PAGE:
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Thread: French Paradox 2.0 page 3

  1. #21
    VeggieLover's Avatar
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    This has been my constant question as well. When I go to Paris I eat way more than I do here (i let myself enjoy the white bread and french fries once a day) and I LOSE weight. I can guarantee I am not walking as much/exercising as much as I do in the states and I always come back 5 pounds less. It is easy.

    I honestly noticed lack of vegetable consumption. When you order a steak you get simply just a steak. A side of potatoes but never any vegetables. I was the only one eating salads for lunch and having to order vegetarian platters for dinner with my chicken because there were simply no vegetables. Is that a reason for this?

    When you think about Japanese, it is similar. White rice, lots of fish and meat and a few veggies here and there (mostly pickled) but we are talking about white flour carbs (which is bad to us) and a lot of protein, not a lot of fat whereas the french eat more fat.

    It confuses me on a daily basis because I feel healthier when I eat that way.

  2. #22
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    I'm now in northern Italy for the summer, which I think has a similar thing going on in terms of a food-weight paradox. I think it's a combination of things, already mentioned, which are:

    Quality of most food is much better (example: HFCS is unheard of here, sodas and candies are all made with actual sugar, cheeses, breads, meats are often made by artisans using quality ingredients.)

    Food culture is so different. For example, take-out doesn't really exist here. If you don't want to cook, your only option is to eat at a restaurant, or take a pizza to go. You can't get food to go from restaurants, you can't get coffees to go - you sit at the cafe and drink it there.

    Plus, here, coffee is coffee, it's not some super sugary fatty creamy liquid desert containing 30 tablespoons of sugar with whipped cream and syrup in a gigantic cup. Also, snacking is not really done - it's common knowledge here that the quickest way to gain weight is to snack a lot.

  3. #23
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    I also personally find traditional french foods to be "plain" with regards to their sauces (ingredients are fewer) and meal compositions (less sh*t added) in general. I have travelled quite a bit for business and pleasure and granted I only was in cliche paris and did not visit anywhere else in France, but I remember being unimpressed with their food in terms of taste! Of course it is all relative and I have not found any european country (apart from italy) where I really liked the traditional cuisine (again I mostly stayed in the cities, so maybe the smaller towns/provinces have vastly different cuisines). However, in places like Thailand, Malaysia, Japan, even Hawaii etc, I definitely gets down with the taste of their food! I am sure it is all personal preferences as I come from an African background and my taste buds to spices etc are different but I find french food in general to be overhyped and plain.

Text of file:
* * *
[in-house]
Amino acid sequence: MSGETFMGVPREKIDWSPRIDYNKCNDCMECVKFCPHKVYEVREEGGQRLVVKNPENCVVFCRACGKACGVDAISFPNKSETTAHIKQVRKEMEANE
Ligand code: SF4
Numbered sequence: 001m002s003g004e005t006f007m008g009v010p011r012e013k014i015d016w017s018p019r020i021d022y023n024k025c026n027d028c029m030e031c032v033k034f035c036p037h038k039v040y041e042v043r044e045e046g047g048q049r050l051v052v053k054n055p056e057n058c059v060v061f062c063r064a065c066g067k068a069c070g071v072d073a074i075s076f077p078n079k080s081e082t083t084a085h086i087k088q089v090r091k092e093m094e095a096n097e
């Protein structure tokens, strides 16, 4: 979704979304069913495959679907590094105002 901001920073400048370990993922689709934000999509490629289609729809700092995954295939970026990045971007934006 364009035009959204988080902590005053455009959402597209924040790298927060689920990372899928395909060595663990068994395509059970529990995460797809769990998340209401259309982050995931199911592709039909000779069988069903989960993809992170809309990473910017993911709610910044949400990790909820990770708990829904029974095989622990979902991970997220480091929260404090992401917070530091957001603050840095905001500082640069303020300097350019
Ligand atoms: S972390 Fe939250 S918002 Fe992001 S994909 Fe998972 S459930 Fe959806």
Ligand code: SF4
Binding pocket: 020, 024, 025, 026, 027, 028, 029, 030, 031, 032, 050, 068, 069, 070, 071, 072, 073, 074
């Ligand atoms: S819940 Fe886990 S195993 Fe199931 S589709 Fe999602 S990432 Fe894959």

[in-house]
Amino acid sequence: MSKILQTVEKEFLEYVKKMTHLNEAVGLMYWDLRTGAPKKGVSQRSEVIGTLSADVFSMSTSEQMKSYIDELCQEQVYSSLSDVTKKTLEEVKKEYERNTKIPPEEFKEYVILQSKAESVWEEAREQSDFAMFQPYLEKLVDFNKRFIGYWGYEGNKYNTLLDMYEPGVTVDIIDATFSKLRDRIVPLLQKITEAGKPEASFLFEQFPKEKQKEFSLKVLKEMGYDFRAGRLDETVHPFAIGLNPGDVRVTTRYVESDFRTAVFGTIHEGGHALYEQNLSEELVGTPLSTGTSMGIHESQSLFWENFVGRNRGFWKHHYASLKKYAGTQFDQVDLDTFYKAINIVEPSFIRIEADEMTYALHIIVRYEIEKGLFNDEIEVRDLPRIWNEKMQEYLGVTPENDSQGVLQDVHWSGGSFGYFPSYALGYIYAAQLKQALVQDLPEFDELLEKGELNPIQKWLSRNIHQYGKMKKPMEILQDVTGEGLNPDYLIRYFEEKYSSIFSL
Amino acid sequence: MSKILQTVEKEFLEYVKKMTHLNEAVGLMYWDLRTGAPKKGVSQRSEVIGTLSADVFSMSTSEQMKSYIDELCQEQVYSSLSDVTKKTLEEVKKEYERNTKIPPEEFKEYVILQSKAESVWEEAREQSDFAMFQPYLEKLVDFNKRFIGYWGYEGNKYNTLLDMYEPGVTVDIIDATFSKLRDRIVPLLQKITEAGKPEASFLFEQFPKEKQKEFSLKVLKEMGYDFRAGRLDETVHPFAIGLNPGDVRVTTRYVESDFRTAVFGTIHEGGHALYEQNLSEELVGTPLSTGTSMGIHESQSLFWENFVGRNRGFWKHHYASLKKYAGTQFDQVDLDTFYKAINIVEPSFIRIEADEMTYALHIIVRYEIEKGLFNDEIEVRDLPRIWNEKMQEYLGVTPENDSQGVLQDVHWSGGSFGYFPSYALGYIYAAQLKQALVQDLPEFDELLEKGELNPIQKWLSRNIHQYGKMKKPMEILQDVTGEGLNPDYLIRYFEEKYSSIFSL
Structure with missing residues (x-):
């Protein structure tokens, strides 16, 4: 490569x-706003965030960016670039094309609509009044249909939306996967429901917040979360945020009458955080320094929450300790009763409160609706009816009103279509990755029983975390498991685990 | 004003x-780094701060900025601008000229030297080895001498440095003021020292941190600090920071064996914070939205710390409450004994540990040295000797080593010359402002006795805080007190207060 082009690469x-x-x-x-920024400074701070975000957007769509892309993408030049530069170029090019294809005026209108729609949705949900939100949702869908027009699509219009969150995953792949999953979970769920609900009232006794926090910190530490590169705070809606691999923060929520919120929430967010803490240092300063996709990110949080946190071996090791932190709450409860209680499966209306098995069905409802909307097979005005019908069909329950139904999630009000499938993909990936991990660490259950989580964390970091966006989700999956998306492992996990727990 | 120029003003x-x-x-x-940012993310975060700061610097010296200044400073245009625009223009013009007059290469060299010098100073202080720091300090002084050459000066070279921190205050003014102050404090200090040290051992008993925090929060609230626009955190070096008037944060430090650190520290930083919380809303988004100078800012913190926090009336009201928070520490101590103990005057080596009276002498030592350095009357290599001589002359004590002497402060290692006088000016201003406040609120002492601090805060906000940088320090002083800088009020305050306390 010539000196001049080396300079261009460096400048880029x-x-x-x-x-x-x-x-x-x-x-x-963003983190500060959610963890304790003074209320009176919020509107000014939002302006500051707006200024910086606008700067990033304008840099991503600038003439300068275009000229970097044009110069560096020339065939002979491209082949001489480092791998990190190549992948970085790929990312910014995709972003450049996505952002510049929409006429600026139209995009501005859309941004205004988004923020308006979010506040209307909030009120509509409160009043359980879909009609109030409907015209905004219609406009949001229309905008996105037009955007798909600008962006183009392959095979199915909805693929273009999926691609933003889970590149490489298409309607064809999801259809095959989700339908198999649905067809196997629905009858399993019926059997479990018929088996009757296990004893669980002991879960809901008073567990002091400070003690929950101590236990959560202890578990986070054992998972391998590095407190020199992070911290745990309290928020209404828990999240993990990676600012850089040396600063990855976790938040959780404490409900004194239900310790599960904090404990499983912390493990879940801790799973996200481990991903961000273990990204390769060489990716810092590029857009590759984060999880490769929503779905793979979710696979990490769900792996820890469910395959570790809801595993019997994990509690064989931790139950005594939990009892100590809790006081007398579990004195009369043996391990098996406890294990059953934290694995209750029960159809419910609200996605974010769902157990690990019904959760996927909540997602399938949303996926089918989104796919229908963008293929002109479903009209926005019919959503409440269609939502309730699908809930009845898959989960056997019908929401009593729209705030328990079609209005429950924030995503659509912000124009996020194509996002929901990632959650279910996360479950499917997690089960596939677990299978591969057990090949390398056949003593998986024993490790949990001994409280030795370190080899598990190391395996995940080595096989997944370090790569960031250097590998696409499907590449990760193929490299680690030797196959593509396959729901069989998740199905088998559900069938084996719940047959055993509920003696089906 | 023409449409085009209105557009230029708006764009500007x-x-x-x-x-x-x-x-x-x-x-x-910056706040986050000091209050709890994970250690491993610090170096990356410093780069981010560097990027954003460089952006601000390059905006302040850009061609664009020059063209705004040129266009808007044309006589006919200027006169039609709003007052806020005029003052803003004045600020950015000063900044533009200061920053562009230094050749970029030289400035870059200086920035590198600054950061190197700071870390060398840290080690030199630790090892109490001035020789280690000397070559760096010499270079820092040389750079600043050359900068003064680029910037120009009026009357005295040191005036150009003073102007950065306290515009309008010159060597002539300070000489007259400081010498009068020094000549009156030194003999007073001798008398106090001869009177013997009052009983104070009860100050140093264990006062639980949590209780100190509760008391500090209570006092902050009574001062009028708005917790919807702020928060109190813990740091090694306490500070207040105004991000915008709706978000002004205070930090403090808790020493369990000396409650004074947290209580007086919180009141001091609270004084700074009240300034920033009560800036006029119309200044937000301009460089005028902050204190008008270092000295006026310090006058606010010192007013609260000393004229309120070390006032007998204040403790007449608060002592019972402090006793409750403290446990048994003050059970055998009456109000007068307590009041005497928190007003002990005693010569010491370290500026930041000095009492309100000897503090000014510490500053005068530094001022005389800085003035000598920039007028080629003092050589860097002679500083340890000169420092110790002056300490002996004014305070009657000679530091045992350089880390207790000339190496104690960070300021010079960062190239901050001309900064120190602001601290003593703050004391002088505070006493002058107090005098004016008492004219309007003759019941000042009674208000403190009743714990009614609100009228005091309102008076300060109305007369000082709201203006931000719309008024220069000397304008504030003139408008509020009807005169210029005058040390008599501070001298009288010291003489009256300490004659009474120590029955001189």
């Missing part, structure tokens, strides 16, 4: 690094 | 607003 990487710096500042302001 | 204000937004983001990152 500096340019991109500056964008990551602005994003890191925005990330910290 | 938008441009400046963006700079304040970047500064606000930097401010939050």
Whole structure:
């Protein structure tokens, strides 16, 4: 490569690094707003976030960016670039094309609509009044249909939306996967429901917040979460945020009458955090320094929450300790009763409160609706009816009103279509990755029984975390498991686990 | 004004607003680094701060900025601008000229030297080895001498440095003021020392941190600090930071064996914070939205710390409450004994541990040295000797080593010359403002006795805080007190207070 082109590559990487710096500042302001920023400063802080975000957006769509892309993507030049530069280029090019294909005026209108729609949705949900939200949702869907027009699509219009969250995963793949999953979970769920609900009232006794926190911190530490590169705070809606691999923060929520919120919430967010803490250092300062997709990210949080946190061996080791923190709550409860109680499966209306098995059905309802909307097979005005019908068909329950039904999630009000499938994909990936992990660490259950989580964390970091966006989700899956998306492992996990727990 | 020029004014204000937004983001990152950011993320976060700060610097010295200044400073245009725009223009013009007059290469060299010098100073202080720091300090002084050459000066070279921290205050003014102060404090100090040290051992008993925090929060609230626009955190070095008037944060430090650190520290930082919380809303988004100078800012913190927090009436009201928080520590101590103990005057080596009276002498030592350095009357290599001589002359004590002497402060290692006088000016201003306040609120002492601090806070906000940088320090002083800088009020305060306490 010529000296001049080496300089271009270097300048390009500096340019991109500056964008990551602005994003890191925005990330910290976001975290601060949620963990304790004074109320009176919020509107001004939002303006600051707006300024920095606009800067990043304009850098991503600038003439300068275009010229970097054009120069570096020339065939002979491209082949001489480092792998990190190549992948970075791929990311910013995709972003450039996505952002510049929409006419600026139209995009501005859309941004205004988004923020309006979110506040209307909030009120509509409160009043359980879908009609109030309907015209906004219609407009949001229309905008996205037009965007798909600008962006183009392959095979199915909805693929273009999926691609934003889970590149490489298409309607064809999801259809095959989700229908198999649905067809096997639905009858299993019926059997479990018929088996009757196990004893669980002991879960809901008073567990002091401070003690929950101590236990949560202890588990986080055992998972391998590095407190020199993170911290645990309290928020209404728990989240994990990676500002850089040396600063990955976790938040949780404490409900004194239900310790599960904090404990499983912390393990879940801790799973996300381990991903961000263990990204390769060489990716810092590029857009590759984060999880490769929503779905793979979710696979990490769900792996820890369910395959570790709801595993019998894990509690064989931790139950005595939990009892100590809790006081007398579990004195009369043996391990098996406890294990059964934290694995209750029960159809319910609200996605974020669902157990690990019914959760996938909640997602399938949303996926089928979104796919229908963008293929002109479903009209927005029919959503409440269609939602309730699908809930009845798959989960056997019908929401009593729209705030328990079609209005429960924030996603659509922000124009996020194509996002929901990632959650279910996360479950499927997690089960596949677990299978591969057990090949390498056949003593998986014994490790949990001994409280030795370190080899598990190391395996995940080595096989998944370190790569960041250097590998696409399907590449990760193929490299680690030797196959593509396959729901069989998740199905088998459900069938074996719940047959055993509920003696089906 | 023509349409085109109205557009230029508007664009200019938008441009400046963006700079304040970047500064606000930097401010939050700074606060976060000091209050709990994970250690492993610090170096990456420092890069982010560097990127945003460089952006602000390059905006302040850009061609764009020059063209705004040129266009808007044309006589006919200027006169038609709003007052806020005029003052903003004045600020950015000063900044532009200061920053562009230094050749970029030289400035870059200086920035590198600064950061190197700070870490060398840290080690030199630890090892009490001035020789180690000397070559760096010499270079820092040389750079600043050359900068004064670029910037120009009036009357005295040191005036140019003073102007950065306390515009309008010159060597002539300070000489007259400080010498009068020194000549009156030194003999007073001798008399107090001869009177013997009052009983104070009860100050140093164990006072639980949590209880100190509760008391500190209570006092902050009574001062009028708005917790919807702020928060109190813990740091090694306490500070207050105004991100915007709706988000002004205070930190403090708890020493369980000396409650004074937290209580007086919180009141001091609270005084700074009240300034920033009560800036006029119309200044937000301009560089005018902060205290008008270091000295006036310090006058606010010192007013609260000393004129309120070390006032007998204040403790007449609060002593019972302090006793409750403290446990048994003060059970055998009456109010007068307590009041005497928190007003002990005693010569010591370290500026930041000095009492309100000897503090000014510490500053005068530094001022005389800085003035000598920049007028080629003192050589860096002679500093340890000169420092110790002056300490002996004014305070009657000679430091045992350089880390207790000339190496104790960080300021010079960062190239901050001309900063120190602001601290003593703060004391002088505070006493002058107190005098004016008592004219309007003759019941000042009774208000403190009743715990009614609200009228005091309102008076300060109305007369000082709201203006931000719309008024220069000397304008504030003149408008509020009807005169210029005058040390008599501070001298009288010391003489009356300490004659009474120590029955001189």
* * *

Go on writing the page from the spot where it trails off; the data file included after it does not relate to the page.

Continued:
I lost weight when I was also in Paris as well because I really never CRAVED anything. I just ate to stay satiated but i did not have the same excitement to eat as I normally have anywhere else and my portions where much smaller as well ( I really did not walk that much, so um, I doubt exercise played any role)

    Anyway the point I am making is, yes, the french might occasionally eat pastries, bread etc, but a) I doubt they are eating it every day and if they are I am sure in small quantities and b) they do not have the same hang ups with foods that most of us have because their traditional diets seems to be geared towards providing nutrients and satiety as opposed to "tantalizing" the taste buds. #just my opinion

  4. #24
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    There's no French paradox.
    We have less chemical-based food than in America, but here most people are skinnyfat or even just fat.
    There's no french paradox, really.

    "eat pastries, bread etc, but a) I doubt they are eating it every day and if they are I am sure in small quantities"
    That is a false assumption.
    We are one of the countries where the consumption of bread during meals is the most important. It's cultural.
    Young self-caring Paleo-eater from France.
    (So please forgive the strange way I tend to express myself in your beautiful language )

  5. #25
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    Quote Originally Posted by Lawyerchick12 View Post
    I also personally find traditional french foods to be "plain" with regards to their sauces (ingredients are fewer) and meal compositions (less sh*t added) in general. I have travelled quite a bit for business and pleasure and granted I only was in cliche paris and did not visit anywhere else in France, but I remember being unimpressed with their food in terms of taste!
    Funny, that's exactly how I feel about Italian food (and I am not talking about American-Italian, that I don't find edible most of the time, sorry). French, on the other had takes first place for European food for me (not upscale Parisian restaurants though).
    Last edited by KathyH; 08-19-2012 at 10:13 AM.

  6. #26